Since educational practices began their shift from solely physical locations to various online alternatives, MOOCs have played a notable role in conversations about accessibility and learning.
MOOCs – or massive open online courses – can often be confused with online degrees offered by universities, but there are a number of key differences.
What is a MOOC?
Much like its name suggests, a MOOC offers easily accessible, completely online courses that can be taken by thousands of people simultaneously around the globe.
Similar to online degrees, they offer plenty of flexibility for students with tight schedules. In fact, MOOCs can be completed at any pace a student deems fit, as such courses often involve little interaction or input from anyone else. There are also no entry requirements, meaning anyone can begin a MOOC if they wish.
How are MOOCs different to online degrees?
Most confusion around the differentiation of MOOCs from online courses stems from the fact that MOOCs themselves are constantly evolving.
For example, while at their inception MOOCs were often promoted as being free of charge, in present times courses can contain paywalled elements or require paid certifications and still be considered MOOCs.
In addition to this, while many MOOCs are created by universities, they’re rarely distributed by these institutions themselves. Instead, these courses are offered on platforms such as Udacity and Coursera.
For students considering a MOOC in the hopes of eventually earning a certification, it’s also important to note that MOOC credits are typically only recognised by the institution offering that specific course, unlike traditional academic credits.
How do I tell which option is right for me?
There are a few different aspects to consider when choosing between an online degree and a MOOC.
- Support: MOOCs do not usually offer personal feedback or one-on-one time with academics. Most assessments are either auto-graded or peer-reviewed. This can be a drastic drawback compared to online degrees, as they deny students the opportunity to gain detailed notes on their work, get industry insights from professionals, and make helpful connections to aid their career goals.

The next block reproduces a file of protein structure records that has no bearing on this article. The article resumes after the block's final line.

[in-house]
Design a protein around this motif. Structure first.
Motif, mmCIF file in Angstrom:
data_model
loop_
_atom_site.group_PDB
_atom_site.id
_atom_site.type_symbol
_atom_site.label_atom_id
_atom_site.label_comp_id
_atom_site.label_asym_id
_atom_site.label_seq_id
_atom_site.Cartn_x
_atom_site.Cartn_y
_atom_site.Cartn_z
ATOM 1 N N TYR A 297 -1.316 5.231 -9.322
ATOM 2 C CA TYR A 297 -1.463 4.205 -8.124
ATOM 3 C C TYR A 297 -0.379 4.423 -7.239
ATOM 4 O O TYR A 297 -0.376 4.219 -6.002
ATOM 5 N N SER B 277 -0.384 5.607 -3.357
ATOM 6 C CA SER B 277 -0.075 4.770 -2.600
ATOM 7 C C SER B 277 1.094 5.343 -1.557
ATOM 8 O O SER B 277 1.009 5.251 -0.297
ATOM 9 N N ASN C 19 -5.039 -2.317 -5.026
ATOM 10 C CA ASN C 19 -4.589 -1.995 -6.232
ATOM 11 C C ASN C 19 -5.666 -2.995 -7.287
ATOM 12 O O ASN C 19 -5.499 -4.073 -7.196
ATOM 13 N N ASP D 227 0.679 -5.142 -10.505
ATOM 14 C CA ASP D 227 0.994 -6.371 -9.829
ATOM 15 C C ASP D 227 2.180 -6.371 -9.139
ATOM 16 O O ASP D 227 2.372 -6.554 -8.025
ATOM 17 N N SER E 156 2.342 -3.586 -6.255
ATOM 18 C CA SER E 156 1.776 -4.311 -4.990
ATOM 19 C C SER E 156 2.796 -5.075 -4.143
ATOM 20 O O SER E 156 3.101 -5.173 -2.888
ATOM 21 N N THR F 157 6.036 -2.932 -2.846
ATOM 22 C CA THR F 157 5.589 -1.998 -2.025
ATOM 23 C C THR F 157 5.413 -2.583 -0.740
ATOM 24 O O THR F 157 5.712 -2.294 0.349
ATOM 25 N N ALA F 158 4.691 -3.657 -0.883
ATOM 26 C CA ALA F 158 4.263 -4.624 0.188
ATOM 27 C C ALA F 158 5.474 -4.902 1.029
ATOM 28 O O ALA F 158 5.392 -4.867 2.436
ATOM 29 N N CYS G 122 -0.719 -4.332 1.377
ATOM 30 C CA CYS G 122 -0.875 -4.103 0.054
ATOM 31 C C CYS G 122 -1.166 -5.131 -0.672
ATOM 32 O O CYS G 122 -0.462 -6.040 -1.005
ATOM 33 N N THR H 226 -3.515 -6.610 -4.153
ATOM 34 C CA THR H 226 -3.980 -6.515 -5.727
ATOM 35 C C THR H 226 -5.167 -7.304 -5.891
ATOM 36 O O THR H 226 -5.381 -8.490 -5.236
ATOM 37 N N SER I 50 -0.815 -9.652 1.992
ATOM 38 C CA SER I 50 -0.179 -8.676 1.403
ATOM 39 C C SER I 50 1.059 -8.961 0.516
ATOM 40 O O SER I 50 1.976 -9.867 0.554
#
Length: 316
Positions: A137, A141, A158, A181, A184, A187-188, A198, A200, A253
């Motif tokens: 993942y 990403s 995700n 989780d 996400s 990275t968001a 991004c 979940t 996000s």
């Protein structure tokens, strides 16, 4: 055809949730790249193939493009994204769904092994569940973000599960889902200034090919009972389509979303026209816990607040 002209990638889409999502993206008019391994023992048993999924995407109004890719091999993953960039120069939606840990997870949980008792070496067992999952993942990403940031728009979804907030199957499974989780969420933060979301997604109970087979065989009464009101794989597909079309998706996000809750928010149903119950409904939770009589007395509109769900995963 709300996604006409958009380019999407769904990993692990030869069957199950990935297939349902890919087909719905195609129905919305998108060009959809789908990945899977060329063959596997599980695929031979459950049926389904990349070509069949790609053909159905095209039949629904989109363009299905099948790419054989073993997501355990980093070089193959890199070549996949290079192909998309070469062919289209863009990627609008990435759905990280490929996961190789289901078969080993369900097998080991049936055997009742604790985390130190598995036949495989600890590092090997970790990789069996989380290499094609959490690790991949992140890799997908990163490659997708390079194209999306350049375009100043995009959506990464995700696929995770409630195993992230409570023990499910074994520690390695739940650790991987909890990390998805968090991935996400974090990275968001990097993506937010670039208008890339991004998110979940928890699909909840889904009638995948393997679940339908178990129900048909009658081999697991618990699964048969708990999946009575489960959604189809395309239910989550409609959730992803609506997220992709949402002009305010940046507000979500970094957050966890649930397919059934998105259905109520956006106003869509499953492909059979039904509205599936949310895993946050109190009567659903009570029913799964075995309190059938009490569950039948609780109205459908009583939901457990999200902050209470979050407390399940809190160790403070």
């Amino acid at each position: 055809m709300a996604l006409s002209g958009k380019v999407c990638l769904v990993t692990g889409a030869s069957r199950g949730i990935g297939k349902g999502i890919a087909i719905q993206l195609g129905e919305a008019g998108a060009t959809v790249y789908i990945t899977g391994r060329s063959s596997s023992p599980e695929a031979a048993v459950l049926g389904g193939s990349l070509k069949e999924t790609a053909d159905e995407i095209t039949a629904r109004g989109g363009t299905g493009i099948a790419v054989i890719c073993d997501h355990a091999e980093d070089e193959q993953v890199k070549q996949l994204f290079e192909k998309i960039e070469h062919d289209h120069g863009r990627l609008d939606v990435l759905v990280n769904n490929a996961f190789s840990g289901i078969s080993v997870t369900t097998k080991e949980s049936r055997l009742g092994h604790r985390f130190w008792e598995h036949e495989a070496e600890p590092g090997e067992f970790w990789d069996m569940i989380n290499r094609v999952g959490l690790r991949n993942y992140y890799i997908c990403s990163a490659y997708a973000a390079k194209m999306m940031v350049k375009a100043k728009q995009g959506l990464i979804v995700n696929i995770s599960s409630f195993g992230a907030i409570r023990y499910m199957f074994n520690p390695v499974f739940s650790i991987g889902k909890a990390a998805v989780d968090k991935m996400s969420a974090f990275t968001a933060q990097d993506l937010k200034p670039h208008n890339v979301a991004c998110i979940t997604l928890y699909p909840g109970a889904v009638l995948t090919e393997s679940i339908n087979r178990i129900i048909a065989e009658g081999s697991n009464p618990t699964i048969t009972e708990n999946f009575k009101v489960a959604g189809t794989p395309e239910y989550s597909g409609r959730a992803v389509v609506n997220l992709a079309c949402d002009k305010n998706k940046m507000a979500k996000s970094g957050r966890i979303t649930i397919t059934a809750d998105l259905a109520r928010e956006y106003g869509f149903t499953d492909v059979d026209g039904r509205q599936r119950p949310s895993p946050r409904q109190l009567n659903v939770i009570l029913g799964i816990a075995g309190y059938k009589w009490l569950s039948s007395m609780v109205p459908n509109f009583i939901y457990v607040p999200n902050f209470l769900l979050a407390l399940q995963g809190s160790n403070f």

- Interactivity: Both online degrees and MOOCs will have multiple students studying at the same time as each other. However, as online degrees have set start dates and entry requirements, students will often have a significantly smaller number of course mates. While they may not always interact in real-time, these course mates can still be tasked to come together for group projects and academic discussions. This helps replicate the same responsibility and collaboration called for in professional settings, while also fostering a more nurturing learning environment. Conversely, MOOCs’ less engaging material – combined with their lack of structure – have often been pointed to as reasons for low completion rates.
- Resources: Online degree programmes give students access to the same resources available to those who study on-campus, such as online libraries, career guidance services, and alumni networks. In many cases, these resources prove useful to students years after graduation as well. Unfortunately, most MOOCs do not usually offer these benefits.
- Price: MOOCs are undeniably the cheaper option of the two, though exact costs can vary substantially from course to course. As students are often left to undertake the entirety of the course themselves, MOOCs can offer lower price points than on campus or online degrees. This can make them a viable option for someone looking to get a first taste of a new subject or field.
- Credibility: As touched upon before, there is a certain degree of separation between the majority of universities and the MOOCs that they offer. Combined with the peculiarity of MOOC credits and debates over unstandardised levels of quality, a MOOC may not carry the same weight as a degree from a university, which comes with the same accreditations regardless of whether the course was taken on campus or online.
- Opportunities: As a result of the above, this could also mean that a MOOC certificate and an online degree unlock different opportunities. MOOCs often focus solely on advancing a student’s knowledge of one specific subject. An online degree will also strive to teach them practical skills via tutor-led assessments and remote technology. As a more comprehensive learning experience, a student is therefore more likely to pick up or develop a wider array of abilities, increasing their overall employability.
Ultimately, MOOCs and online degrees are two fundamentally different modes of learning. The former offers a way for students to study a specific subject, with learning material that’s oftentimes selected by reputable institutions.
Online degrees are focused on holistic development, with hands-on involvement from the university offering it. This means said courses provide more than just a foundational understanding of a topic.
With a degree, students gain the technical and practical know-how needed to navigate a career in the field of their choosing, and are equipped with the connections and real-world examples needed to apply these skills in a way that leads them to long-term success.
If you’re considering furthering your education, the University of Portsmouth’s tutor-led, online degrees are part-time and flexible. Access your course material from anywhere in the world, and be supported by our excellent academics and your own personal student adviser.